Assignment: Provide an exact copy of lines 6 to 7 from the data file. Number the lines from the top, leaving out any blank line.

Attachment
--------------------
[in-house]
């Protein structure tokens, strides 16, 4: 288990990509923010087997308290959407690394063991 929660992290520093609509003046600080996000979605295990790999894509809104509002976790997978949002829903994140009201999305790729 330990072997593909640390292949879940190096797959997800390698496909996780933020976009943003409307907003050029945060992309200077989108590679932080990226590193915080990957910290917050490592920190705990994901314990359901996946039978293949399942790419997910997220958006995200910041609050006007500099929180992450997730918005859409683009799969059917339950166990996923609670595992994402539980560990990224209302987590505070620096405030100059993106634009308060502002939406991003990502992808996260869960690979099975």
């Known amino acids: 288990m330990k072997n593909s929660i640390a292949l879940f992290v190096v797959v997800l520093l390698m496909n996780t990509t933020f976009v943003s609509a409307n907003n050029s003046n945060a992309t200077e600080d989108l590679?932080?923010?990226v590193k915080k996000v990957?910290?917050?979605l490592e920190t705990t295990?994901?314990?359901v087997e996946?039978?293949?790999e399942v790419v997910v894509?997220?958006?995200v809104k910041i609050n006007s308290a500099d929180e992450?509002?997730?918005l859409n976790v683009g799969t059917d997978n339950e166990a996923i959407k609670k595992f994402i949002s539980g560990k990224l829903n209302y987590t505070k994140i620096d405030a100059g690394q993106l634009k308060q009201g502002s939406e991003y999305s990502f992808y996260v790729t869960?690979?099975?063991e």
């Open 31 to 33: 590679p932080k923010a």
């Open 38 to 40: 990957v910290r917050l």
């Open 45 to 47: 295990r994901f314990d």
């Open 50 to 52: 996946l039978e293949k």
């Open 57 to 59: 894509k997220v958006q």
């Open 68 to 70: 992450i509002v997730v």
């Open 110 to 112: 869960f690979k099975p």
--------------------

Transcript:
């Open 45 to 47: 295990r994901f314990d």
């Open 50 to 52: 996946l039978e293949k």